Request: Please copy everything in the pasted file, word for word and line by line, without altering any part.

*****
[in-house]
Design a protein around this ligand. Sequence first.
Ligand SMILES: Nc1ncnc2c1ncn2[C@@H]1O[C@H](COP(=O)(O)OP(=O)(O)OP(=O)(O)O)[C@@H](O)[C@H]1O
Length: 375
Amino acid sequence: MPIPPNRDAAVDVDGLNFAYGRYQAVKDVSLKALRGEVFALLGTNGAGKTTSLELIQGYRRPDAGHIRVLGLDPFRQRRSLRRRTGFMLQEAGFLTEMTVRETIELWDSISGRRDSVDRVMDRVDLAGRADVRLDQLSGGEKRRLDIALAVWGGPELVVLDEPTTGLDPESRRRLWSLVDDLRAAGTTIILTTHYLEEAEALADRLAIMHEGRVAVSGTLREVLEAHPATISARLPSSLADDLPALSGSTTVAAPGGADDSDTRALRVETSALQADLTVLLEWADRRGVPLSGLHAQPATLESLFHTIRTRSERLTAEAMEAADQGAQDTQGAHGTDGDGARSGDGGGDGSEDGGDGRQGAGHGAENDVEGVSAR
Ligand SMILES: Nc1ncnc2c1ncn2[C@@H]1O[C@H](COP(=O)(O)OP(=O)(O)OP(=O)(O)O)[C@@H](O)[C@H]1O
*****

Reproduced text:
[in-house]
Design a protein around this ligand. Sequence first.
Ligand SMILES: Nc1ncnc2c1ncn2[C@@H]1O[C@H](COP(=O)(O)OP(=O)(O)OP(=O)(O)O)[C@@H](O)[C@H]1O
Length: 375
Amino acid sequence: MPIPPNRDAAVDVDGLNFAYGRYQAVKDVSLKALRGEVFALLGTNGAGKTTSLELIQGYRRPDAGHIRVLGLDPFRQRRSLRRRTGFMLQEAGFLTEMTVRETIELWDSISGRRDSVDRVMDRVDLAGRADVRLDQLSGGEKRRLDIALAVWGGPELVVLDEPTTGLDPESRRRLWSLVDDLRAAGTTIILTTHYLEEAEALADRLAIMHEGRVAVSGTLREVLEAHPATISARLPSSLADDLPALSGSTTVAAPGGADDSDTRALRVETSALQADLTVLLEWADRRGVPLSGLHAQPATLESLFHTIRTRSERLTAEAMEAADQGAQDTQGAHGTDGDGARSGDGGGDGSEDGGDGRQGAGHGAENDVEGVSAR
Ligand SMILES: Nc1ncnc2c1ncn2[C@@H]1O[C@H](COP(=O)(O)OP(=O)(O)OP(=O)(O)O)[C@@H](O)[C@H]1O